Burn It Down: Women Writing About Anger, edited by Lilly Dancyger (October 8, Seal Press)
In this anthology, women write about, you guessed it, anger—but not about the things that make them angry. That would be too easy and simple. This collection is about so much more. Anger and womanhood are often seen as being at odds, and those who dare express that anger are “nasty women,” mocked, vilified, or brushed off. But with the attacks on bodily autonomy, disability rights, and the #MeToo movement, to name a few, there’s a ton of anger in the air—and rightly so. But who gets to actually be angry? Who gets to express and share that anger? They take on the intersection of anger and other emotions, how anger fuels them in various ways, and how anger is limited by or altered by other aspects of their identity. Writers like Keah Brown (also check out her forthcoming memoir The Pretty One, which is superb), Rios de la Luz, Meredith Talusan, Shaheen Pasha, Megan Stielstra, and Reema Zaman are among the contributors, and every word was like water as I read—and I didn’t realize how parched I’d become.
Color Outside the Lines: Stories About Love, edited by Sangu Mandanna (November 12, Soho Teen)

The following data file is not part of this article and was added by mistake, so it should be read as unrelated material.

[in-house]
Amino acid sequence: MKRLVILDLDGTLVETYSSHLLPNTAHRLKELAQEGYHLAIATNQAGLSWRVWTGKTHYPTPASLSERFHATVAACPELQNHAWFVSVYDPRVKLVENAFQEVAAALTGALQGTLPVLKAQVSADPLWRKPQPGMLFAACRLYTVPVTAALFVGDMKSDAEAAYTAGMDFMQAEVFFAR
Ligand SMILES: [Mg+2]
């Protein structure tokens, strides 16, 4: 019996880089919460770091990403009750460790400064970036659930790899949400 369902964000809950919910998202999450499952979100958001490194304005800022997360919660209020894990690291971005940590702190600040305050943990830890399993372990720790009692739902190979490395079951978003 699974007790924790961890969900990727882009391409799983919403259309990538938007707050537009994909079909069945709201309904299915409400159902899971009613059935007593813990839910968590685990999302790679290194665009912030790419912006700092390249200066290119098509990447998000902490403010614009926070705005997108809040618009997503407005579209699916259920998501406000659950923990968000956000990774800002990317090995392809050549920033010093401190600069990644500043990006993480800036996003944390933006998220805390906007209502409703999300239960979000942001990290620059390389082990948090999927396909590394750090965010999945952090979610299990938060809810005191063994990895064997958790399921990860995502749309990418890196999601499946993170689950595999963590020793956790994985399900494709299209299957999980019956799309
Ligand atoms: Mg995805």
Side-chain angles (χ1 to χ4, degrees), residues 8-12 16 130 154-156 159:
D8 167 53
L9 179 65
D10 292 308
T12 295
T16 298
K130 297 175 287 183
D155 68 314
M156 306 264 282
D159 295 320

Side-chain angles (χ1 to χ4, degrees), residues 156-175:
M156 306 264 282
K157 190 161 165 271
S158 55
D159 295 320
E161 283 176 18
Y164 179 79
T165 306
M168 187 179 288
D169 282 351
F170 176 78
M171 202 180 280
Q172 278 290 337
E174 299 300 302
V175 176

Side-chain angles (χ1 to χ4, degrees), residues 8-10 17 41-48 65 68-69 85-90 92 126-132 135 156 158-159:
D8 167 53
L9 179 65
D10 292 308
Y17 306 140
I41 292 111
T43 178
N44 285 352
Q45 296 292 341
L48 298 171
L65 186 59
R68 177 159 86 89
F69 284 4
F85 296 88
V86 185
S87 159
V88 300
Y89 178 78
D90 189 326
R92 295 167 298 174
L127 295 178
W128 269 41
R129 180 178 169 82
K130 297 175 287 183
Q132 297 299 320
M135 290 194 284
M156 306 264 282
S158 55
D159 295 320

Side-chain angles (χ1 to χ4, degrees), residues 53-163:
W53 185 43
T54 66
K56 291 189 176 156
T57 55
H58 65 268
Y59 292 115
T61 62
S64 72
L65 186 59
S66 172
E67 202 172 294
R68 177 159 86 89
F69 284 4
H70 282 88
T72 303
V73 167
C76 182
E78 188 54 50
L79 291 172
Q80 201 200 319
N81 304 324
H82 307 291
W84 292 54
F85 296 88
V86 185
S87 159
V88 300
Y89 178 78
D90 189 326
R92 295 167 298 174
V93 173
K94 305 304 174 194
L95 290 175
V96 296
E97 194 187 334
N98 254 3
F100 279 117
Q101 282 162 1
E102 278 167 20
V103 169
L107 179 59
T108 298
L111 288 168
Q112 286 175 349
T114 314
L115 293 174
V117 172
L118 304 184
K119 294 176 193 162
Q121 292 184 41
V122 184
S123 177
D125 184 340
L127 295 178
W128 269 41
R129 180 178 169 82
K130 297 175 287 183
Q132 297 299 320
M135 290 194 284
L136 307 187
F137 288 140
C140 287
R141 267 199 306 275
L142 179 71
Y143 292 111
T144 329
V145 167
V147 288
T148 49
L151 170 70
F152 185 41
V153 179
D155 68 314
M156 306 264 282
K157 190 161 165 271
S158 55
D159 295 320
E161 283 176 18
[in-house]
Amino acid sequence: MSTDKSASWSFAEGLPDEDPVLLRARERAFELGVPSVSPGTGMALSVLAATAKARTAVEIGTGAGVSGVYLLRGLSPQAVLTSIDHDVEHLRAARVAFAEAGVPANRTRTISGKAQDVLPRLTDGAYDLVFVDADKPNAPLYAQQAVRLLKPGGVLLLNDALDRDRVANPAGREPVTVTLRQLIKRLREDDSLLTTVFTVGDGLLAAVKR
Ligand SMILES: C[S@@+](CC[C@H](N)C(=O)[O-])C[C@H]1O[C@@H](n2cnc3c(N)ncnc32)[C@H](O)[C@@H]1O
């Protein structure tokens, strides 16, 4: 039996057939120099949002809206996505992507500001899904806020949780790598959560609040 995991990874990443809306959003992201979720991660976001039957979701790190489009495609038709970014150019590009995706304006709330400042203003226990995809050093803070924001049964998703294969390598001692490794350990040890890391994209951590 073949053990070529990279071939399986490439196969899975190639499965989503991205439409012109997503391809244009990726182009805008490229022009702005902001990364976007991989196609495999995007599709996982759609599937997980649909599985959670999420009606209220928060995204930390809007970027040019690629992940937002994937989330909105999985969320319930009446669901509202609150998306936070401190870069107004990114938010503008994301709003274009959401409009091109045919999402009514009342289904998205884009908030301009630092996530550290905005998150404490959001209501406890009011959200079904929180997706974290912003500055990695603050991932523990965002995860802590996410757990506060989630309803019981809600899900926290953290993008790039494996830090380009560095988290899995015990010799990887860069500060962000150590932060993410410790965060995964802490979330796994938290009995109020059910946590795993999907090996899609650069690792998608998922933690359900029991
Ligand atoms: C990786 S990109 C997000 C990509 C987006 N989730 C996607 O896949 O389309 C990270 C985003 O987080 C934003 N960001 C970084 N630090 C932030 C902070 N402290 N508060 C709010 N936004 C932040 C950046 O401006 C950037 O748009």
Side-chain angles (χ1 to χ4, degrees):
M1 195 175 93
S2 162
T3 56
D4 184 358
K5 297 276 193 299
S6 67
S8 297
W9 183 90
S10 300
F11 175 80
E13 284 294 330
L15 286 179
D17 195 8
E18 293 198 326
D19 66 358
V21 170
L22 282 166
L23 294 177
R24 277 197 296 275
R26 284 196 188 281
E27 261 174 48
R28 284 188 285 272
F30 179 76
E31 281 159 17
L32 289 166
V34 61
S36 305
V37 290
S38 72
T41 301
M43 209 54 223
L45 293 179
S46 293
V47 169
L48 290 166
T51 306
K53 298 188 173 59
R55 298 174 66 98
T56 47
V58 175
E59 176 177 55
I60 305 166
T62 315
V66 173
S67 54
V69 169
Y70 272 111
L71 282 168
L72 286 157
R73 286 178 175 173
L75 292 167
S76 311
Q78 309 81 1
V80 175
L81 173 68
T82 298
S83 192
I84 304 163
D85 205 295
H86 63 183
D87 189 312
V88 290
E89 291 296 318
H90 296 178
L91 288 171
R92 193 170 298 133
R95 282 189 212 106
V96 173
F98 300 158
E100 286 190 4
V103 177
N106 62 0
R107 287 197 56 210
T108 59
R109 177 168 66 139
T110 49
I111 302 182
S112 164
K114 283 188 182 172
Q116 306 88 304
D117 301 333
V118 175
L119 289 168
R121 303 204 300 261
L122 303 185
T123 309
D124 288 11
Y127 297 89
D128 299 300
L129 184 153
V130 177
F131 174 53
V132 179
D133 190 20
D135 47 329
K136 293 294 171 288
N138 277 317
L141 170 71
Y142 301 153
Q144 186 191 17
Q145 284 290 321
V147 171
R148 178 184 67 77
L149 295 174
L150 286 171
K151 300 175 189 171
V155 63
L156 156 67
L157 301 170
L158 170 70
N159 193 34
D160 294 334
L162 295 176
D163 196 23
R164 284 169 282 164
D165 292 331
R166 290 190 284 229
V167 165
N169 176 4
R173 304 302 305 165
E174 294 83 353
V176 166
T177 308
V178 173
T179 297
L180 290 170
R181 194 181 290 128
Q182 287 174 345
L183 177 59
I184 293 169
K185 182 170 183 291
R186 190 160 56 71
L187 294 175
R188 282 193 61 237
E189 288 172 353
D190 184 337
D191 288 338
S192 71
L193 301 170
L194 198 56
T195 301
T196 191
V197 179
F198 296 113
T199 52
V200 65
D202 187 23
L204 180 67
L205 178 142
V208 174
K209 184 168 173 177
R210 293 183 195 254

Are you looking for a YA anthology with a fabulous roster of contributors that will transport you out of your life for a little bit and also give you hope? Look no further. This is a collection of stories about love, and as editor Mandanna states, it is also “about race, and about how being different from the person you love can matter but how it can also not matter…[the book] is a collection of stories about young, fierce, brilliantly hopeful people in love.” And couldn’t we all use some more love in our lives?
The Best American Essays 2019, edited by Rebecca Solnit and Robert Atwan (October 1, Mariner/Houghton Mifflin Harcourt)
While I love nearly all of the Best American series, the Essays collection is always a favorite. Admittedly, much has to do with the guest editor a lot of the time, and I was happy to see Solnit. It’s also worth mentioning that I was happy to see that she included a substantial number of non–cis male contributors, which was refreshing, since at times these series have been lacking in representation. It is hard to find the words to describe the pieces in this book—it’s Solnit, so there is a political flavor—but I would be remiss if I described these essays as merely political writing. These essays are about our lives, our identities, our families, our environment…they are about the micro within the macro, and all of this does not exist in a vacuum, more so now than ever. I’m only a few essays in to this collection and from Solnit’s introduction alone, I can tell this one is a keeper—the energy, the thoughtfulness put into the selections, and the idea that writing is a damn powerful tool for change and transformation. I’m excited to see what the other Best American titles have in store this year, given this one.By signing up you agree to our Terms of Service